Mexico June 9th
Far behind in my updates, but it wasn't easy to get online in Mexico City.
Our Mexico City show was very good, as I'd expected, because the Mexican audience is passionate about music, and the CGTrio plays
a great variety of music that's perfect for this audience. It was filmed too, so there might be a future DVD of that show.
But the weather was really hot, and there isn't air conditioning everywhere, so it ended up being quite a tiring few days. (We did a tv show taping,
on the morning of show day, in a wonderful old church.
It went hours longer than planned, so we were running behind all day, only catching up late
at night when we returned to our hotel after the show - alas, some of the rooms had lost their meager air conditioning, and it was a stuffy night.)
Onward to Ohio, (I'm hoping to return to Mexico City, with my own band, sometime in the coming year.) It took a day of flights, but that was easy.
Columbus June 12th
On arrival at the Columbus club, Little Brothers I recognized it as the scene of a memorable happening a few years ago. Back then, while
playing there with my band, we performed Give Peace a Chance, and a fight broke out at the bar!
Well, the audience was well behaved
this time (as I'm sure they are most of the time there) and we had a nice night.
It was the band's first night trying out in-ear monitors, which
made it better onstage in some ways, but it's a big adjustment for those who haven't used them before.
(A note about in-ear monitoring; most big rock bands use it nowadays - you've seen the wires coming out of their ears, and maybe occasional fiddling
with the molded earpiece. I've used them for a long time, with Peter Gabriel and others, and it helps me a lot because the stage volume level goes
way down when the band wears them, and the sound gets, potentially, a lot clearer. But it's a steep curve to get used to them. You become very dependent
on the monitor mix, and even small imperfections are much more apparent with the album-like mix right in your ears. And you don't have your own amp
blasting behind you, so if you're too soft, there's nowhere to go to hear yourself better. Another issue is that it removes you somewhat from the
audience, because you're hearing the clarity of a record in your ears - no voices, yelling, generators, or even the band members talking to you -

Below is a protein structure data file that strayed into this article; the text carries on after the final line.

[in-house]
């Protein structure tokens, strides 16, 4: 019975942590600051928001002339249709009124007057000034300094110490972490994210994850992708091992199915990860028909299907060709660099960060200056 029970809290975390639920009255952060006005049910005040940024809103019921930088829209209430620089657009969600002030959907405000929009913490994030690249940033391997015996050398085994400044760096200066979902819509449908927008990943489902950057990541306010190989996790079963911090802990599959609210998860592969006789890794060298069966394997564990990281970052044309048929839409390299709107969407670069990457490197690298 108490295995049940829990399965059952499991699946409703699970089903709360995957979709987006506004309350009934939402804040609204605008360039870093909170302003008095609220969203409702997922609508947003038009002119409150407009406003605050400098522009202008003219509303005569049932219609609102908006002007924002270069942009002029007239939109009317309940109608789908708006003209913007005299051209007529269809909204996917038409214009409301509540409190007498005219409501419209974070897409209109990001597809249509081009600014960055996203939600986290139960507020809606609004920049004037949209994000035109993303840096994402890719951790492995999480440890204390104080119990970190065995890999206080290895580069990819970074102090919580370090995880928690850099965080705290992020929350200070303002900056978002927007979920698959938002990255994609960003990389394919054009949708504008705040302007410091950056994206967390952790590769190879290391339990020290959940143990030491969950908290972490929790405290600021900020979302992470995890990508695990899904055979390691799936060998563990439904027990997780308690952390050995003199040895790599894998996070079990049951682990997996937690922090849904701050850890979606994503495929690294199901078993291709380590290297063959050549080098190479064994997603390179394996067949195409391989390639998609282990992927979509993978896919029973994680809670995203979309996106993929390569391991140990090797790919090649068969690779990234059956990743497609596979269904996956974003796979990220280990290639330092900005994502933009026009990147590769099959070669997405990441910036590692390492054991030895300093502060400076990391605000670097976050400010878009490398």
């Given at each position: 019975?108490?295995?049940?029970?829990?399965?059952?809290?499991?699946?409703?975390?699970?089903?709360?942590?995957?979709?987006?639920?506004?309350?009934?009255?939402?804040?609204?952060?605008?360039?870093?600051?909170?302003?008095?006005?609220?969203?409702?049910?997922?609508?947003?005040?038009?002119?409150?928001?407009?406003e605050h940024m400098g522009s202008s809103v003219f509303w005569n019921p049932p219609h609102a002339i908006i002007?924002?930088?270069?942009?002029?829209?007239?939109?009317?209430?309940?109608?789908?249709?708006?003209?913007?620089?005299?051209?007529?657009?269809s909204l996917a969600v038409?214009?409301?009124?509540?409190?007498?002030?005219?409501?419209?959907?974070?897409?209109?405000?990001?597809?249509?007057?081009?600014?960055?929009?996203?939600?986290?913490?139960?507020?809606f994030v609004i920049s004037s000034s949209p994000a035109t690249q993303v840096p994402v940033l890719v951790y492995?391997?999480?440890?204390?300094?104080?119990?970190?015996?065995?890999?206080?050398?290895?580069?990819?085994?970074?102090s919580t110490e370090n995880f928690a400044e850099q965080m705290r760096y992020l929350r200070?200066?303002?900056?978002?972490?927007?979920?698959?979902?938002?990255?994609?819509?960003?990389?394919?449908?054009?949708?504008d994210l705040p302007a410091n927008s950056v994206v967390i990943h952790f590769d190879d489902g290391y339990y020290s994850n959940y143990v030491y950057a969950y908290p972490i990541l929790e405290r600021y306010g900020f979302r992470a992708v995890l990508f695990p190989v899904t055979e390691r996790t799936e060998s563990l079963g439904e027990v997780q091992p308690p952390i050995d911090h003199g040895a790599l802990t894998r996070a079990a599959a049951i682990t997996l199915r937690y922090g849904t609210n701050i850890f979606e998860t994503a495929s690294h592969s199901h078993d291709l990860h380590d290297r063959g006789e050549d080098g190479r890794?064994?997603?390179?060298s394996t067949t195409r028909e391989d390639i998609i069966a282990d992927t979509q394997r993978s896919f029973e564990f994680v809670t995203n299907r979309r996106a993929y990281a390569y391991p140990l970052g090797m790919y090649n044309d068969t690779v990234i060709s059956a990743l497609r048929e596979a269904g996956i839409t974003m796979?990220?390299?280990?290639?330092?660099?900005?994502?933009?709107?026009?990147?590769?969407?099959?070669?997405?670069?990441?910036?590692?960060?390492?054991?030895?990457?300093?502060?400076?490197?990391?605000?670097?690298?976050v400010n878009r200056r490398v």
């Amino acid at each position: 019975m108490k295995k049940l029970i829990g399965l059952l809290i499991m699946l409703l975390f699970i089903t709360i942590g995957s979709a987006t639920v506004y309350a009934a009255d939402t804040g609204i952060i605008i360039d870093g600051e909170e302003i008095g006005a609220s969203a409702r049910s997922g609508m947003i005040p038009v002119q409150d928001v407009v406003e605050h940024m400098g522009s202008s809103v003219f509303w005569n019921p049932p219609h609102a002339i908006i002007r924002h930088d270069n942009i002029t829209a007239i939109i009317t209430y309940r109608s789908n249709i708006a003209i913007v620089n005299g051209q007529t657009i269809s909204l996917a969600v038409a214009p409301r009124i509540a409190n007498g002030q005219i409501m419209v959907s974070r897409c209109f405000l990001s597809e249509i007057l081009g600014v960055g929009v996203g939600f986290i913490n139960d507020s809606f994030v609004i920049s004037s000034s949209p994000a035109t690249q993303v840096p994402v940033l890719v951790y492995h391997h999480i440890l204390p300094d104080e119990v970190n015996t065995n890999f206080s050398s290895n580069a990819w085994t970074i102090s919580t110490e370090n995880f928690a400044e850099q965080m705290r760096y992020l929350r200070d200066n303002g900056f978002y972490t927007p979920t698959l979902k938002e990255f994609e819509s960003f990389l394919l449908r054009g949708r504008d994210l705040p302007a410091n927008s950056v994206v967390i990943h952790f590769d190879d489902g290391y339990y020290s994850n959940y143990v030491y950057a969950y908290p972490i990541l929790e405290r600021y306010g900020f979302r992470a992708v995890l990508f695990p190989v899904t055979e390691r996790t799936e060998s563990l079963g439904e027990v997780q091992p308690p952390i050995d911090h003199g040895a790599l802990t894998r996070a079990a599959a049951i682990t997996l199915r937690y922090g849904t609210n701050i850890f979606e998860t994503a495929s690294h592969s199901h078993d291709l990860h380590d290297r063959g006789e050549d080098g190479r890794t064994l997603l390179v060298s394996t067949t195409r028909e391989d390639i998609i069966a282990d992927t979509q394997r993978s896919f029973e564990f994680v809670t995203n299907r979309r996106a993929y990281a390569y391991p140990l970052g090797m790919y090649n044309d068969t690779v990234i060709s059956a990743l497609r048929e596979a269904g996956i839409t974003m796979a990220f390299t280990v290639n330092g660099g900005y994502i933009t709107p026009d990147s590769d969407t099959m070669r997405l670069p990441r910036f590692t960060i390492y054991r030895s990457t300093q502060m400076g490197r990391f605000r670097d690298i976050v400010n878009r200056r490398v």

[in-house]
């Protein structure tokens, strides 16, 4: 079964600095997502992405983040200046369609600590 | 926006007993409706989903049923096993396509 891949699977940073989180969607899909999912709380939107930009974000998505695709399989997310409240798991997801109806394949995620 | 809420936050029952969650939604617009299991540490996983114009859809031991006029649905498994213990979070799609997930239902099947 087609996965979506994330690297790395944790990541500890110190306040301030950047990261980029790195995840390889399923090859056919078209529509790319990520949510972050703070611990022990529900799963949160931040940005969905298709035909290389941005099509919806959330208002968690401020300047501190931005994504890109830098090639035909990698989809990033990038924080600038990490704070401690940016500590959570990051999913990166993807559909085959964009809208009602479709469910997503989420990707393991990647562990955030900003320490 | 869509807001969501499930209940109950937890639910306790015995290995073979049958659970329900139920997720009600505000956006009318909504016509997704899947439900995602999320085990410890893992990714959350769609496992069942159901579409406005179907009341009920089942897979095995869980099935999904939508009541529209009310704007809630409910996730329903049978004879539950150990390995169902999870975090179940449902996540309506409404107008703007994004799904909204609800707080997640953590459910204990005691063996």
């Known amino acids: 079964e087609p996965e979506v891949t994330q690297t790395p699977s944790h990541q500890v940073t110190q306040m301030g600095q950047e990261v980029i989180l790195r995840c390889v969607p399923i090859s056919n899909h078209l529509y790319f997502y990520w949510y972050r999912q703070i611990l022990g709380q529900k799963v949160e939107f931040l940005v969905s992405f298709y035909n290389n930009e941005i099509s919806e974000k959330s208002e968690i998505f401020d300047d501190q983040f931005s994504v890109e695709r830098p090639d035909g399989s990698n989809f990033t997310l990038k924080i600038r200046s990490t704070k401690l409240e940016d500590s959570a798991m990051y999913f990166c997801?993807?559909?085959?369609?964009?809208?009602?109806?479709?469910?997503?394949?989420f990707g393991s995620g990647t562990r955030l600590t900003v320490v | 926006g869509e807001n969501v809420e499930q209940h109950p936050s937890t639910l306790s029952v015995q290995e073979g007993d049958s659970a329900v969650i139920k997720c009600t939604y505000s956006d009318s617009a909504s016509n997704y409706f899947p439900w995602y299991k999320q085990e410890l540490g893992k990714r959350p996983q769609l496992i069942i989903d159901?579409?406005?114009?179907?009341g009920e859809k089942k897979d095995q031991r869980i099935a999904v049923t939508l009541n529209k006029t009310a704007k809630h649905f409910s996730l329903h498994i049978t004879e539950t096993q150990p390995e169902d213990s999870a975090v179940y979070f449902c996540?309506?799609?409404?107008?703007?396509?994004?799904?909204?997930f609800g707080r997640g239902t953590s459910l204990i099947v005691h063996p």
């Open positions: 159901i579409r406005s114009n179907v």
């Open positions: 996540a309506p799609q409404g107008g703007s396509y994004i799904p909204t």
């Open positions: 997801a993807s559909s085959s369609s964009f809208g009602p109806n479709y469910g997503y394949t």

it takes some time to adjust your brain to separating what you hear from the other, more important, reality - the audience and the concert going on.
Oh, and then there's the battery issue. You do not want your "belt back" to run out of power during a song - the sound gets very bad indeed
when that happens. If it's a Peter Gabriel show, a technician comes running out and kneels by the player, changing battery in seconds while the player
keeps right on going. (In the last tour we each wore three belt packs - two transmitters and a receiver.) But, hey, this is the CGT&2 tour, and there
are no techs to run onstage. And, to save money I had bought some extra batteries at a cheap store across the street from the club. Two for a dollar. I
should have known better - the good ones are almost five dollars each! So of course there were some difficulties there, and I think most of the players
got through the show with at least one earpiece pulled out. We'll buy some normal batteries today!
It's good to be back in Waffle House country. The band's favorite Hash Browns order, for those who are interested in these things, is "scattered,
smothered, covered and peppered." (That means cooked spread out, with onions, cheese and jalapinos.) (But you probably knew that!)
My Detroit friends have come out to join us for a couple of days on the road, so, as usual with us, we're comparing our home-made pepper vodkas, and that makes
for some late nights and slow mornings - far from the usual behaviour on a CGT tour. (Mine, we call Peplevska and the consensus is that
it's too darn strong!) Between our vodka bouts, though, I've finished 1776, a book I bought
in the airport a few days ago. Like all of David McCoulagh's historical books, it was great - I just wish it'd been longer, since I was hoping to
still be immersed in it for the 6 hour drives coming up.
Another interesting aspect of this tour; our sound engineer, Tyler Trotter, has become a coffee roaster in his home town of Louisville. And he's
brought along many bags of his freshly roasted coffee beans, each a different blend. Alas, no espresso machine along on this tour, but we managed to
get a grinder yesterday, and were brewing potfulls on the small coffee machine our hotel rooms have. I don't think these machines were intended
for such heavy use, but now we've added coffee taste-testings to the vodka ones.
Columbus, June 12th
A big part of touring is The Pack. It's the daily activity of fitting more into your car or van than it was ever meant to
hold, and the big ones are the first day of a tour, when you don't really know if it will all fit.
Myself, I refrain from helping - I'm just not good at it. Actually, I think it's a DNA thing - some people have the packing gene,
and I just don't - if I put my basses and suitcase in first, they'd just have to take them out and start over.
So I just took photos, while all the others managed to make it fit - three guitars, two basses, 7 suitcases, seven people, all in
a minivan and a sedan.
We're ready to roll - hello Cleveland!
Indianapolis June 13th